You’ll need to analyse each domain (and in some cases individual pages) to ensure you’re fixing toxic links, without robbing yourself of good “link juice”.
Step 3: Build a Whitelist
Next, we recommend finding all the referring domains and linking pages which have some hallmarks of a toxic backlink (low authority score, far-out ccTLDs, based on directory-style sites etc) but still have some value as a backlink pointing to your site.
Like many things in SEO, it’s important to “remember the human” here, and to bear in mind that the quality scores SEO tools assign to referring sites are based on algorithmic checks carried out by bots. If you notice links from new, small sites that may not have a stellar authority score right now, but still have the potential to drive high-quality organic traffic to your site, you should try to keep these off the “purge list” that comes as a result of your backlink audit.
By maintaining a whitelist of links that you intend to keep in your backlink profile, you’ll make it easier to monitor the value of these links and save time on checking the quality of all the links that are flagged in a given audit.
Step 4: Purge Toxic Backlinks with a Disavow File
Once you’ve built a list of links that show signs of toxicity, and filtered out the ones you want to keep, the final step is to disavow all the toxic links that are hurting your SEO.
A disavow file is a simple .txt list of all the links and domains that you don’t wish to be counted as a link pointing to your site. Once you’ve created one and uploaded it to Google’s disavow tool, Google will stop counting these disavowed links every time they’re crawled.
When uploading a disavow file, there are a few things to bear in mind:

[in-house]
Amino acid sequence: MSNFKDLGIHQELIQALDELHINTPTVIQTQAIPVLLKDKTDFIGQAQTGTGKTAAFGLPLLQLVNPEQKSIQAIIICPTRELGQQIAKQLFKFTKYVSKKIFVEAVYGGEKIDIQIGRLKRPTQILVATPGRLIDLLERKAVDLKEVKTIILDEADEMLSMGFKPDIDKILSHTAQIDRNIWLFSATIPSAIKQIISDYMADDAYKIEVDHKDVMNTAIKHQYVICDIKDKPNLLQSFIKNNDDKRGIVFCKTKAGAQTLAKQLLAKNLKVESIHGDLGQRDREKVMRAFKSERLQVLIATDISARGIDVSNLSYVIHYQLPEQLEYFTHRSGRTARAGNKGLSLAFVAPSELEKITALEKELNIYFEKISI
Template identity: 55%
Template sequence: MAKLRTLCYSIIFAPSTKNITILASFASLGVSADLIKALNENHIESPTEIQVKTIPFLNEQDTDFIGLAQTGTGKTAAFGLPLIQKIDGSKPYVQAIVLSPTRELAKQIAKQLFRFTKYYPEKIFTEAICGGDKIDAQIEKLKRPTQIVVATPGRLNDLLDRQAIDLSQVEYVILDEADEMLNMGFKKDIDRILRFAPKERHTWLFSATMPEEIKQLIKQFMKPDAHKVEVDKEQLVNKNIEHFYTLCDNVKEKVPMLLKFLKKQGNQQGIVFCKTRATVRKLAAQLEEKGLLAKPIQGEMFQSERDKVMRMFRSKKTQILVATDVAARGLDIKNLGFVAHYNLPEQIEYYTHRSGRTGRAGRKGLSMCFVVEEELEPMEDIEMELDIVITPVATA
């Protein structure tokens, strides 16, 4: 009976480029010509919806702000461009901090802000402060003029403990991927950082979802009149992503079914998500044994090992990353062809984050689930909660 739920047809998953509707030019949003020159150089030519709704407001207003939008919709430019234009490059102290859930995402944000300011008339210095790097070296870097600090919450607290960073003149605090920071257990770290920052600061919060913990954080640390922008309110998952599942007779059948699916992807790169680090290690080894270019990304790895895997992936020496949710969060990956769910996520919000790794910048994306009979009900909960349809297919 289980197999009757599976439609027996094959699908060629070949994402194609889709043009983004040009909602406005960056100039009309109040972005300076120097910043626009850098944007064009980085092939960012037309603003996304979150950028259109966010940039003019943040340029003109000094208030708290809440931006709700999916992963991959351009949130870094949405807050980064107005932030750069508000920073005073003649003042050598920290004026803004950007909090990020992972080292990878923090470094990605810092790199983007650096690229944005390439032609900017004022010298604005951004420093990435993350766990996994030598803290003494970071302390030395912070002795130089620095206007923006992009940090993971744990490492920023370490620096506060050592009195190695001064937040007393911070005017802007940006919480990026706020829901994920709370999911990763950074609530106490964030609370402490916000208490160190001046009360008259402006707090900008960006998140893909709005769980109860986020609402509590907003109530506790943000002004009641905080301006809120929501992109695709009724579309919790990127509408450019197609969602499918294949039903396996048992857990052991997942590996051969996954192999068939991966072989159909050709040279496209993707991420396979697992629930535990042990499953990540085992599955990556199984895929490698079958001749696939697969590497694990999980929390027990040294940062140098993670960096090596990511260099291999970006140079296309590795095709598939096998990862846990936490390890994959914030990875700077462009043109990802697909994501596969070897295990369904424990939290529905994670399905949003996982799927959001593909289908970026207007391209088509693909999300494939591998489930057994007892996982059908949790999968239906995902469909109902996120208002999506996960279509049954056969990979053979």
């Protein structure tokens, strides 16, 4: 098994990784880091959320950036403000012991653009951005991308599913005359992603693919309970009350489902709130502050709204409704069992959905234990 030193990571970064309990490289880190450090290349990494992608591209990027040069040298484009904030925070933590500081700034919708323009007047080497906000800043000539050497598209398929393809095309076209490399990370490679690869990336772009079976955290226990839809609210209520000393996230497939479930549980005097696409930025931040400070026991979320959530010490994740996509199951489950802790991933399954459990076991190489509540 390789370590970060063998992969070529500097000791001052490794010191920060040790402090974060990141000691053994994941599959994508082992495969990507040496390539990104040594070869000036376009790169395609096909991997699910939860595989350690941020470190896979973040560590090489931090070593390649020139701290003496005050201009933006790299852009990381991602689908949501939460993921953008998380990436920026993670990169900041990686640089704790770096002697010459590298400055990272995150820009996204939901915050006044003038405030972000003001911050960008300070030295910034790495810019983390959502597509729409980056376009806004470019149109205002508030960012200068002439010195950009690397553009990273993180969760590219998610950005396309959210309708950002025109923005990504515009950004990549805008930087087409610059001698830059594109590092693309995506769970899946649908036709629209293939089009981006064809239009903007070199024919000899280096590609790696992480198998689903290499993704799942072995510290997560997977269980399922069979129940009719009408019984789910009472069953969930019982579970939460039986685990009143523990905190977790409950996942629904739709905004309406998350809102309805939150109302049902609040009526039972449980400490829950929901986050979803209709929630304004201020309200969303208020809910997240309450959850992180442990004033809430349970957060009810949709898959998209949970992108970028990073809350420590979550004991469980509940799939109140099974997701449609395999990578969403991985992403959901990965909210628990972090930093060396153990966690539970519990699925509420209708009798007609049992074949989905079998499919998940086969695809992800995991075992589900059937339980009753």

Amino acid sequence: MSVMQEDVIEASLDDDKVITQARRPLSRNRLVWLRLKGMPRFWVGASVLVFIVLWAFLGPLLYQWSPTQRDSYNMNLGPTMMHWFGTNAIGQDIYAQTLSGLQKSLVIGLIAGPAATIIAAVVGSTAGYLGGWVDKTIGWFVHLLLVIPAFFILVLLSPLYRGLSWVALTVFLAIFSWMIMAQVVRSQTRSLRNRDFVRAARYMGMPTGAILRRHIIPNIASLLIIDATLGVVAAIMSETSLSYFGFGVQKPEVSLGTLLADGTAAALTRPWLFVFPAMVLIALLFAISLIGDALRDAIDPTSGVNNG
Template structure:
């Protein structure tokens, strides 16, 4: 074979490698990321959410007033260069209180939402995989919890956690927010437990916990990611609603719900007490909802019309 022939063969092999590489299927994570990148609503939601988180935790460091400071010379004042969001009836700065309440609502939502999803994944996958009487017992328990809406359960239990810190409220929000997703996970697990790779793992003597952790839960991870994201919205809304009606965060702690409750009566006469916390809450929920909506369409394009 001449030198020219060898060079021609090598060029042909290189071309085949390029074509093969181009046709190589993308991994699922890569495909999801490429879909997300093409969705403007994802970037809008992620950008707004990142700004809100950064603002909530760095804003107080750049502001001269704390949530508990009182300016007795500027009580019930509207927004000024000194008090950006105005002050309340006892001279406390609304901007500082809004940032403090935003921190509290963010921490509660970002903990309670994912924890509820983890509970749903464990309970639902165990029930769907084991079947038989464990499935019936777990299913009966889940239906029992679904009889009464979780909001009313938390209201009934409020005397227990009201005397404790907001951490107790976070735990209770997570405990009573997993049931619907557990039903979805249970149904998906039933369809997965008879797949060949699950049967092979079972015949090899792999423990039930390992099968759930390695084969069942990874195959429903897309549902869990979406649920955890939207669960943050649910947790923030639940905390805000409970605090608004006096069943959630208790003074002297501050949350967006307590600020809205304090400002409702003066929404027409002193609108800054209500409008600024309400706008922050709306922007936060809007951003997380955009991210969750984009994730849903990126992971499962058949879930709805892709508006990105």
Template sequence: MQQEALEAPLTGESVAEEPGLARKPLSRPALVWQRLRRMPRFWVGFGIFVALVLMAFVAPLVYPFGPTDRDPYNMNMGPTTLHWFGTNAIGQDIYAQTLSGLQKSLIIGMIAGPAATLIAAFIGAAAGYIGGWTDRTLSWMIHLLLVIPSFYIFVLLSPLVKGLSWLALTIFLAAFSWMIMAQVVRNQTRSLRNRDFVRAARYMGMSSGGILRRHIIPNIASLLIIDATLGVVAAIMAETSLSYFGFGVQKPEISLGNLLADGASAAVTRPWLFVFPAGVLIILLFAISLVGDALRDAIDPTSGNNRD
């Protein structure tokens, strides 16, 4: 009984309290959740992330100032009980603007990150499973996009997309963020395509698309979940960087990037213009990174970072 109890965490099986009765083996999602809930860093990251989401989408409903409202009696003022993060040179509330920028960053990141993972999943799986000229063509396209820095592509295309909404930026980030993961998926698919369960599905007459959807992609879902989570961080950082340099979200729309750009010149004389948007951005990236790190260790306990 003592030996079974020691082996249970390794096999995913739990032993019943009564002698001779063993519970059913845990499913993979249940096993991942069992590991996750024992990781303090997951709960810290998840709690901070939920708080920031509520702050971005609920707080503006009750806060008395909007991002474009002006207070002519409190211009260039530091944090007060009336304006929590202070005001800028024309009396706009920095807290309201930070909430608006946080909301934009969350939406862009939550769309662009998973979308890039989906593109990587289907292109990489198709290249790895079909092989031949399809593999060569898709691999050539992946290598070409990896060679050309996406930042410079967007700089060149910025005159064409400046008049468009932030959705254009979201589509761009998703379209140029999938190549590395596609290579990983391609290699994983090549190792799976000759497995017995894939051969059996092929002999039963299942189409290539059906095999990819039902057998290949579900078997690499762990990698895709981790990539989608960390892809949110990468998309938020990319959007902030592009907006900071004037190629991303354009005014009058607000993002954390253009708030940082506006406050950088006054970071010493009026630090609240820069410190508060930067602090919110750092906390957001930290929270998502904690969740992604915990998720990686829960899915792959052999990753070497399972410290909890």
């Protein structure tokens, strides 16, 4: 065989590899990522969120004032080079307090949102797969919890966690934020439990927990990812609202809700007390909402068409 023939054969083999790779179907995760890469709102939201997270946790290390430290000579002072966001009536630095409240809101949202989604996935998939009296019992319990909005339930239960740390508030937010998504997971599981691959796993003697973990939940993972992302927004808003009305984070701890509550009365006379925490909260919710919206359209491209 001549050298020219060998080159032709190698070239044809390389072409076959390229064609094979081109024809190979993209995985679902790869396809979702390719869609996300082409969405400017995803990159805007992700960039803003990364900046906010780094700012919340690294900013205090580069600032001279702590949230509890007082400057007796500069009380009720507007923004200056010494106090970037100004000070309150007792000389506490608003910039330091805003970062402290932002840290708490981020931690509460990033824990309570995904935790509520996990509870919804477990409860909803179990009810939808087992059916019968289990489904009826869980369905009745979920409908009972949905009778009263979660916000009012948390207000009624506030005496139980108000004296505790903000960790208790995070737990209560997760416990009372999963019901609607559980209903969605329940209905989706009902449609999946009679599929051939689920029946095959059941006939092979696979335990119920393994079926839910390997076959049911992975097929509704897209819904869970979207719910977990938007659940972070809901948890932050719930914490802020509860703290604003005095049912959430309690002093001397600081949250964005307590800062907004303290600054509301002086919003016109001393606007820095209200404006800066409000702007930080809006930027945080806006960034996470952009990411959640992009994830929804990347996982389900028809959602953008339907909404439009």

Disavowing good links can be massively detrimental to your site’s rankings, so you should double and triple check your file to ensure you’re not accidentally including quality links. This happens more often than you might think!
Each new disavow file uploaded will overwrite any previously uploaded file. This means you’ll need to include any previously disavowed links, and keep a record of the toxic backlinks you’re purging for future reference.
Disavow files can take up to 6 weeks to process. If there’s some toxic backlinks that you’re particularly desperate to purge, it may be faster to reach out to the site owners and ask them to remove the link manually.
The Right Tools for the Job
Now that you understand what toxic backlinks are and the right methodology for tackling them, here’s a short list of industry tools that are great for keeping toxic backlinks in check.
Semrush has an incredibly comprehensive backlink auditing tool which gives each backlink a “toxic score” calculated from a wide array of factors, making it easy to see which links you should drop and which you should keep.
It also gives you the capability to see where other sites get their dofollow links, promising some great insight for when you’re measuring your SEO strategy against your close competitors.
SEO SpyGlass (SEO PowerSuite)
SEO SpyGlass, part of SEO Powersuite, is another tool that stands out for the level of detail it promises in its backlink reports.
You can customise SEO Spyglass reports to track a wide range of values including domain age, dofollow/nofollow counts, and anchor text. There are also report formats which allow you to view up to five sites’ backlink profiles side by side, giving you a comprehensive and shareable view of competitors’ backlink profiles.
Mangools LinkMiner is unique in that it’s a stand-alone tool that isn’t part of a larger SEO suite.
It has a whole host of great features designed specifically for linkbuilding campaigns, including filters that will show you new, deleted, and lost links. This is particularly helpful if you’re about to take on a project for a site that has enjoyed good SEO in the past, but has fallen into neglect, as there may be a lot of lost or deleted links that you may want to recover. The new links filter also makes it nice and easy to see how your linkbuilding efforts are coming along.
Its status as a standalone tool might be a turn-off for professionals who are in the market for a new catch-all SEO tool, but with all these great features to it, it’s certainly worth checking out!
Ensuring that your backlink profile is populated with ethical, high-quality backlinks is an essential part of SEO housekeeping.
Aside from dragging down your site authority, letting toxic backlinks sit in your backlink profile runs the risk of manual penalties, which could mean hours of wasted time for you and your marketing team while you try to undo the damage.
Use these steps to maintain a clean backlink profile, and stay focussed on more progressive, high-value SEO work.